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# All-electric range

All-electric range (AER) is the driving range of a vehicle using only power from its electric battery pack to traverse a given driving cycle. In the case of a battery electric vehicle, it means the total range per charge. For a plug-in hybrid (PHEV), it means the range of the vehicle in charge-depleting mode. PHEVs can travel considerably further in charge-sustaining mode which uses both on-board fuel and the battery pack.

Calculating AER is made more complicated because of variations in PHEV design. A vehicle like the Fisker Karma that uses a serial hybrid design has a clear AER. Similarly a vehicle like the Chevrolet Volt which disengages the internal combustion engine (ICE) from the drive train while in electric mode has a clear AER, however blended mode PHEVs which use the ICE and electric motor in conjunction do not have a clear AER because they use gasoline and grid provided electricity at the same time. Equivalent AER is the AER of vehicles following this architecture. One example of this calculation can be found in Argonne National Labs report titled "TEST PROCEDURES AND BENCHMARKING Blended-Type and EV-Capable Plug-In Hybrid Electric Vehicles."[1]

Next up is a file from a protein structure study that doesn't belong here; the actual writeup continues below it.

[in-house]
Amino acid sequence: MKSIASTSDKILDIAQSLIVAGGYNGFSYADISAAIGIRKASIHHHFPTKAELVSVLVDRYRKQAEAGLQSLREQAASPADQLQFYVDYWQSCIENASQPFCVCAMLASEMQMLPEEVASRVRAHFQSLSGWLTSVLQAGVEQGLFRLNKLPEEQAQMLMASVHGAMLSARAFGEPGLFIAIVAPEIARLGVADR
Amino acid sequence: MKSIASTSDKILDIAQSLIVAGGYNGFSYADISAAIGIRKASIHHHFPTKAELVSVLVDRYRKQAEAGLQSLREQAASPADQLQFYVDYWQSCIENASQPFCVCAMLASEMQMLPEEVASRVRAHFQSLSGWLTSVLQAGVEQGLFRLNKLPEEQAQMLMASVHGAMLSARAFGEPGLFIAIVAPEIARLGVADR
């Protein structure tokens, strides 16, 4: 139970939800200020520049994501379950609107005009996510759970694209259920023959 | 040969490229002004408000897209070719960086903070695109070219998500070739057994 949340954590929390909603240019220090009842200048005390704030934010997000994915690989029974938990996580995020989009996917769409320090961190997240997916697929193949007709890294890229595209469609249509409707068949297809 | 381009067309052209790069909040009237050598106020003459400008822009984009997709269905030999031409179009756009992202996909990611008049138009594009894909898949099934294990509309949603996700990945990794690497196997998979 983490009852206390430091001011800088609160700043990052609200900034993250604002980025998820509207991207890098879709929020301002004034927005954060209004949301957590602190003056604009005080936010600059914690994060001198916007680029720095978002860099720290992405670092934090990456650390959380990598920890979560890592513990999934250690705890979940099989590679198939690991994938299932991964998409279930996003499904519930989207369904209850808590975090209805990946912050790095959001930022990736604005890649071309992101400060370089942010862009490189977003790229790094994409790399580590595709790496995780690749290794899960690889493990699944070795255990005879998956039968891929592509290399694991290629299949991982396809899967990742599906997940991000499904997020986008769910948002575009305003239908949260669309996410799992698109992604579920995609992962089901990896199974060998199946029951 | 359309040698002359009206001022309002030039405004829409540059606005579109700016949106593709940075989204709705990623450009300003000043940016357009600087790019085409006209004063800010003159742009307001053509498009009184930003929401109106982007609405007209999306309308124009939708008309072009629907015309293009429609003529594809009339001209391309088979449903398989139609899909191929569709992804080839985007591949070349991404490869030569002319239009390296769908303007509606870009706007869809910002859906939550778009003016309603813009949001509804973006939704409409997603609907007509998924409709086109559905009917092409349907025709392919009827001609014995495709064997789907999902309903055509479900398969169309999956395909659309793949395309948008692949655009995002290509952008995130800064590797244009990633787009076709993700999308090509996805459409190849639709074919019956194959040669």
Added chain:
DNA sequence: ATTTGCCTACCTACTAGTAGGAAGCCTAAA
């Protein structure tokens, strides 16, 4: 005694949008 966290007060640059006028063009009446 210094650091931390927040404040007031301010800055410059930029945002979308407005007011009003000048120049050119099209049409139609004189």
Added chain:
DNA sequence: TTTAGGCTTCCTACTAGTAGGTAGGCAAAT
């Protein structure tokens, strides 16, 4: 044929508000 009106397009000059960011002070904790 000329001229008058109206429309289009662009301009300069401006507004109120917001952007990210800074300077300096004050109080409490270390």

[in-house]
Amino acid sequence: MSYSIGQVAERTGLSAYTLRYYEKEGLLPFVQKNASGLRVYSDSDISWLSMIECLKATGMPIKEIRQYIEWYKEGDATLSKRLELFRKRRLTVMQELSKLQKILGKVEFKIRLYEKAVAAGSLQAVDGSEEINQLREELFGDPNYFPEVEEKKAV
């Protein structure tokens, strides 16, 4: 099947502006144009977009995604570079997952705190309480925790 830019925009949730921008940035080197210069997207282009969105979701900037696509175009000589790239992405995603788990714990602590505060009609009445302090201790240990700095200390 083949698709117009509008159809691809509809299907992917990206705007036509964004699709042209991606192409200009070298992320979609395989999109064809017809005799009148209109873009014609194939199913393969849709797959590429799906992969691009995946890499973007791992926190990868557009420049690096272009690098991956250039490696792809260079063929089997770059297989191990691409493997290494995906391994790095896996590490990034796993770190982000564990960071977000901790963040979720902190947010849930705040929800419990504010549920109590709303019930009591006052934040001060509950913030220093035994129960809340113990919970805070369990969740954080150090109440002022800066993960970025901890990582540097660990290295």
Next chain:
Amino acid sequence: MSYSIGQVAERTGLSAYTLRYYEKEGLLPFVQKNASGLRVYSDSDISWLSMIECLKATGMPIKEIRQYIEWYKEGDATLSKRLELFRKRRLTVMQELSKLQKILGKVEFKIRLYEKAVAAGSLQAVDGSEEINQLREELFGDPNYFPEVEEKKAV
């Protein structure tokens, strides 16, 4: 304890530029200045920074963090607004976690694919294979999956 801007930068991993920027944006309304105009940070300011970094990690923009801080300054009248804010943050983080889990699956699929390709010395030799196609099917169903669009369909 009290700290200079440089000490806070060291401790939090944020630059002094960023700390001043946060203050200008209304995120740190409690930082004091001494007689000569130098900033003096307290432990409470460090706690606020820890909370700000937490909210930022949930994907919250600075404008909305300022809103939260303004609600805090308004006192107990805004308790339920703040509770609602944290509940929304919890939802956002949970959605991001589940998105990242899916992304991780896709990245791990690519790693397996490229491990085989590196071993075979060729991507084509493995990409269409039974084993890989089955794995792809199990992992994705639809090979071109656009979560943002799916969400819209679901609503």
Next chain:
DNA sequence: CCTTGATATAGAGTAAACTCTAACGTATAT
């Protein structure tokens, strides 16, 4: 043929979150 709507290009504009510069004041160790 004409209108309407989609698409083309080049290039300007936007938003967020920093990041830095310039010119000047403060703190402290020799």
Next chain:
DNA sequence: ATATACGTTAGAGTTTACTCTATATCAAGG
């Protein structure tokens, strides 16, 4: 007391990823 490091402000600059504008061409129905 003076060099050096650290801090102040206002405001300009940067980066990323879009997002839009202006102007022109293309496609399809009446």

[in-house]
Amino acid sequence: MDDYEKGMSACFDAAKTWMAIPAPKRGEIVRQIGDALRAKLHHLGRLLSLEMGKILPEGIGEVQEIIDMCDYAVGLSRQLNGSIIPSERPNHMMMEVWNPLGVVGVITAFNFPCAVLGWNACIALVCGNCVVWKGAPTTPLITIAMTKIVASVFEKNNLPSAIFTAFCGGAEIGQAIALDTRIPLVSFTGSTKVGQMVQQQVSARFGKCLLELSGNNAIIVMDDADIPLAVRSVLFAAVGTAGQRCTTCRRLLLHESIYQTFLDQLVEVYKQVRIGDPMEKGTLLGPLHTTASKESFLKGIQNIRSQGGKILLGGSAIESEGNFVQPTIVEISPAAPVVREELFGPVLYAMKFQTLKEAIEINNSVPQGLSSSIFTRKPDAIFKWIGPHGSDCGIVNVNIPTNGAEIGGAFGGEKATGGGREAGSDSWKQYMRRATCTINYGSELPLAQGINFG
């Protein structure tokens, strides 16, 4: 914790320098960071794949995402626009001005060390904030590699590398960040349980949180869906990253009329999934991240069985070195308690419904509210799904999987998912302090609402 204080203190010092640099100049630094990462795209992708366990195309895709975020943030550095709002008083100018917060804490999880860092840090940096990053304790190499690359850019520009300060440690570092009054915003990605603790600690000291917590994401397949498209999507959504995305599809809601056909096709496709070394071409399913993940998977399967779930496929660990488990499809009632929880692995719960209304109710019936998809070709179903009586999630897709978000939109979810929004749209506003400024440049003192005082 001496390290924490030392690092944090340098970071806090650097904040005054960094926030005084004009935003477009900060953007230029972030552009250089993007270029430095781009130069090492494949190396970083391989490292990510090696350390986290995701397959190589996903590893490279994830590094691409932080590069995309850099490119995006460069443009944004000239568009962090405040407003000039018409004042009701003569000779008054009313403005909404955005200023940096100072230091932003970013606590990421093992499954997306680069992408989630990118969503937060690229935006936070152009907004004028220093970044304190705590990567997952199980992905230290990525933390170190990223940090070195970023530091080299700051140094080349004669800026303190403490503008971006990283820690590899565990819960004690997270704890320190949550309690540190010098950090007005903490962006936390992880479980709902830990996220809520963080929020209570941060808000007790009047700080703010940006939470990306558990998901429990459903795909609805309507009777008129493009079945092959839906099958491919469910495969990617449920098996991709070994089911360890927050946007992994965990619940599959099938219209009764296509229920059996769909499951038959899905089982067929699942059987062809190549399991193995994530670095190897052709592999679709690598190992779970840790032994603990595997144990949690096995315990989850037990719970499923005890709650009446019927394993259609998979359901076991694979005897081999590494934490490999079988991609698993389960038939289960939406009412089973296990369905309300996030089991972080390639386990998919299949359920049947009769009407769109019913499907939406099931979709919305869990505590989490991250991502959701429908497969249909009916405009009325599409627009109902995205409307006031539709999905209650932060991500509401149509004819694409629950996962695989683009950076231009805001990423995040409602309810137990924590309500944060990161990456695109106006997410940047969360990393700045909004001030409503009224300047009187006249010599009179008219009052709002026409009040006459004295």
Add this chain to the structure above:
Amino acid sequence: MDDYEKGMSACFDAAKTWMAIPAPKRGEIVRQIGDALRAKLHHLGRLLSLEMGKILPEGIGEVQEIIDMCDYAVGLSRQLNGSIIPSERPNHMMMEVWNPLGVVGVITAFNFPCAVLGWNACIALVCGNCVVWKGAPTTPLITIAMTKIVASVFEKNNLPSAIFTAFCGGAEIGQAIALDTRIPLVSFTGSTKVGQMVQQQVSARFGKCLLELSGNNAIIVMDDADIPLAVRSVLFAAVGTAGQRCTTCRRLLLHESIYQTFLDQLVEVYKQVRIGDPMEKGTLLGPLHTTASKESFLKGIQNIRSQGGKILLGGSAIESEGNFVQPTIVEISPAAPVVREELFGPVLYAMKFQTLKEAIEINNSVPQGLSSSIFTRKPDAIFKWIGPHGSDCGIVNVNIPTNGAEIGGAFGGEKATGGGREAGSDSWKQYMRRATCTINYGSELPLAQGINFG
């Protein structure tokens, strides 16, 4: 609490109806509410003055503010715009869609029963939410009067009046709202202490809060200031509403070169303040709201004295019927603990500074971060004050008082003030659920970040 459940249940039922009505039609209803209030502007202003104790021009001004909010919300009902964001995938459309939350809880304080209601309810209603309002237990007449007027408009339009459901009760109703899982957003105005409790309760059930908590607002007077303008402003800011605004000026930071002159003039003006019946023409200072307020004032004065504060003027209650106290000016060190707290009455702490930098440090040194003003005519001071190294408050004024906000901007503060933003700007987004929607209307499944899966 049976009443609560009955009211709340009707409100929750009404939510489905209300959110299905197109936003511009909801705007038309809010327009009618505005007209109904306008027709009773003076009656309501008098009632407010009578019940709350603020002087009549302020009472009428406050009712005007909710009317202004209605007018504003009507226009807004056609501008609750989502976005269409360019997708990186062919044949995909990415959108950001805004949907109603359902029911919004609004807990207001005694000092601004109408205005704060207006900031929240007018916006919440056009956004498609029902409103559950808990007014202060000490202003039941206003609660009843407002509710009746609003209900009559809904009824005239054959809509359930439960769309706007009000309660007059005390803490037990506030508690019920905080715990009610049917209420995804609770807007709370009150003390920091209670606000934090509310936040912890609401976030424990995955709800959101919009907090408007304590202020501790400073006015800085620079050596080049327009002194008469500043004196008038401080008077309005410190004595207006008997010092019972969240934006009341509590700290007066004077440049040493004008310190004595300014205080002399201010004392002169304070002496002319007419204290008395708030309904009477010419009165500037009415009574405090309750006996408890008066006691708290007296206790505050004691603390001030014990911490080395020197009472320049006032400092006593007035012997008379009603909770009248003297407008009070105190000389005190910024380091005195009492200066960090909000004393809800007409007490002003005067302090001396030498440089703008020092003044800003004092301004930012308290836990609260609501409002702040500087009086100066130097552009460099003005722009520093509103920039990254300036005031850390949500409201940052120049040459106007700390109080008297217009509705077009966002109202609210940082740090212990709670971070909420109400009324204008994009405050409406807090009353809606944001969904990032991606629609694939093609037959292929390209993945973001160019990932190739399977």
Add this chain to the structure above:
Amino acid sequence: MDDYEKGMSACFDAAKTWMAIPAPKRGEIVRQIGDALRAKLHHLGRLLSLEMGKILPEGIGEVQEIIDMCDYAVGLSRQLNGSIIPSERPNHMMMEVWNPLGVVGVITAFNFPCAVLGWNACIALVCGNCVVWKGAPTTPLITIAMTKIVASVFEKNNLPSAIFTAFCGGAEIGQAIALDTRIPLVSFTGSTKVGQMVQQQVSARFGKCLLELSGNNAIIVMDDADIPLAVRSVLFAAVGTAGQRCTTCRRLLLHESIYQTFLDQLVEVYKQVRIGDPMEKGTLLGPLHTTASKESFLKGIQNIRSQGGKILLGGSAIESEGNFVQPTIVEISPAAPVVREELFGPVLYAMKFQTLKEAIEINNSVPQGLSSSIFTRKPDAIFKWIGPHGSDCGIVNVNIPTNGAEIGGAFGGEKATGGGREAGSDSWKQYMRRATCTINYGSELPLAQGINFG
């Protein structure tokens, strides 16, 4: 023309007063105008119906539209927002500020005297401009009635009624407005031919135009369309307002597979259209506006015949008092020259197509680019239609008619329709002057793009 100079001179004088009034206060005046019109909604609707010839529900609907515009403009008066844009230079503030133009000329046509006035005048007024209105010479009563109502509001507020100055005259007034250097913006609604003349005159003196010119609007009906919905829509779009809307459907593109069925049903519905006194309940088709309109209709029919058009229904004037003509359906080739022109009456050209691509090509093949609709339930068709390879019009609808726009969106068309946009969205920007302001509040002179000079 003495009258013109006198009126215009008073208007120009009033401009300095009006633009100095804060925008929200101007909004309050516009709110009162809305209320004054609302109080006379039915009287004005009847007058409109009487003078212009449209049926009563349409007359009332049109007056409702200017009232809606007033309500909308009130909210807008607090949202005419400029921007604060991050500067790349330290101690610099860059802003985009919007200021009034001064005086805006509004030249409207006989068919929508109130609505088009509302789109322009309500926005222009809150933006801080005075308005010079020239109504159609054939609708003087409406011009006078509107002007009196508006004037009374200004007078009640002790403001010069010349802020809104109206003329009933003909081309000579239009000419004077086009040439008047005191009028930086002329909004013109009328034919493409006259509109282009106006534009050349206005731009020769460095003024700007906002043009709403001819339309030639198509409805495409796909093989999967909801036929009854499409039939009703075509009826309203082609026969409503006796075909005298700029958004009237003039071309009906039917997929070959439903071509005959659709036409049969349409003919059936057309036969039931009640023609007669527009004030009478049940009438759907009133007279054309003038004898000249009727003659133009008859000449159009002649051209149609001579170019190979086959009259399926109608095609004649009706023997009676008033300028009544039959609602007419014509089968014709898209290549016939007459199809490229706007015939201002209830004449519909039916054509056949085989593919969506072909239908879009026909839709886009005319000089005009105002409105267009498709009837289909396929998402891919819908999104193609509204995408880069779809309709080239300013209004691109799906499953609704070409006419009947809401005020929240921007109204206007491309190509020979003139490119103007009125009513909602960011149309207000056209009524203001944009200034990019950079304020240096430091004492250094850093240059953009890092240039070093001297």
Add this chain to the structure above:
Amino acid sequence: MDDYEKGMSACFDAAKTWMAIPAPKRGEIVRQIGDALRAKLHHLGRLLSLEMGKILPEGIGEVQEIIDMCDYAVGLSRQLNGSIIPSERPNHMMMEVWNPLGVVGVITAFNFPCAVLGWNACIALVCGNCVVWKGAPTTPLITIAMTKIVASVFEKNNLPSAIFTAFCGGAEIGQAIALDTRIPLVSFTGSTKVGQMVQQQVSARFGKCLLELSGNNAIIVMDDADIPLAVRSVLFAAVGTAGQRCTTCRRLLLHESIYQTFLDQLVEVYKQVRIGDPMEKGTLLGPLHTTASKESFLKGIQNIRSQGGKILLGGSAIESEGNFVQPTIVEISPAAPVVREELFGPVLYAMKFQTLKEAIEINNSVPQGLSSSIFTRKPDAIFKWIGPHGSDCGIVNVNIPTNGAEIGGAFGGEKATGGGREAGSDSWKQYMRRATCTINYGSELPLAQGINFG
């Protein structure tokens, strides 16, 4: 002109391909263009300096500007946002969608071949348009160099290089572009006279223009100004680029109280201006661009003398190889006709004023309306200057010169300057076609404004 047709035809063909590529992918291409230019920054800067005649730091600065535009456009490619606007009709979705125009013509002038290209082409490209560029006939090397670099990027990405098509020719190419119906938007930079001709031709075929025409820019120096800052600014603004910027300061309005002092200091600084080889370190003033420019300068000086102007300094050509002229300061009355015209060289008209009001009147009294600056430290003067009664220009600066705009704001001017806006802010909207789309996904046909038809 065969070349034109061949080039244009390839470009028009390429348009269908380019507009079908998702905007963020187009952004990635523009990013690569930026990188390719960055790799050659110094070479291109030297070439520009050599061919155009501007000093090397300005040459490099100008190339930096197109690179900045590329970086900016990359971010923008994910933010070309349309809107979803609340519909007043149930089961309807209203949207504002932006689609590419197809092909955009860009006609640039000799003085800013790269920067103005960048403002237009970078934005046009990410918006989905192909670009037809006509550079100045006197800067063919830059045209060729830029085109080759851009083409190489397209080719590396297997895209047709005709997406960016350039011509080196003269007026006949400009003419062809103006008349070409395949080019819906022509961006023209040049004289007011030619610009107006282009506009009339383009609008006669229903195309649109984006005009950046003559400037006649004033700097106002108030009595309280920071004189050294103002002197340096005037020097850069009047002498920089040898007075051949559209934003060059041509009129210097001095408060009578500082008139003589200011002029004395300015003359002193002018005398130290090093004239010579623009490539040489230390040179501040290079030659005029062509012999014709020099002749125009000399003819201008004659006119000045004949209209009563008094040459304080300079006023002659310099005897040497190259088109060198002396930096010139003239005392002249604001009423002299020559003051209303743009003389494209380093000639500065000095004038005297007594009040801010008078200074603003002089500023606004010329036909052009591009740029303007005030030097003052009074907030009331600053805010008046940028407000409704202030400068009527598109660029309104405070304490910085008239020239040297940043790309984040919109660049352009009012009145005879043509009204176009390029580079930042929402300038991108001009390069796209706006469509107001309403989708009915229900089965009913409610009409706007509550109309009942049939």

This procedure uses the formula below to calculate an equivalent AER for vehicles that operate in blended mode:

${\displaystyle {\text{AER}}_{\text{Equivalent}}=\left(1-{\frac {GPM_{CD}}{GPM_{CS}}}\right)d^{CD}}$

Where GPMCD designates efficiency in charge-depleting mode, and GPMCS charge-sustaining mode as designated and dCD is distance in charge depleting mode.

A plug-in hybrid's all-electric range is designated by PHEV-(miles) or PHEV-(kilometers) km representing the distance the vehicle can travel on battery power alone. For example, a PHEV-20 can travel 20 miles without using its internal combustion engine, or about 32 kilometers, so it may also be designated as PHEV32km.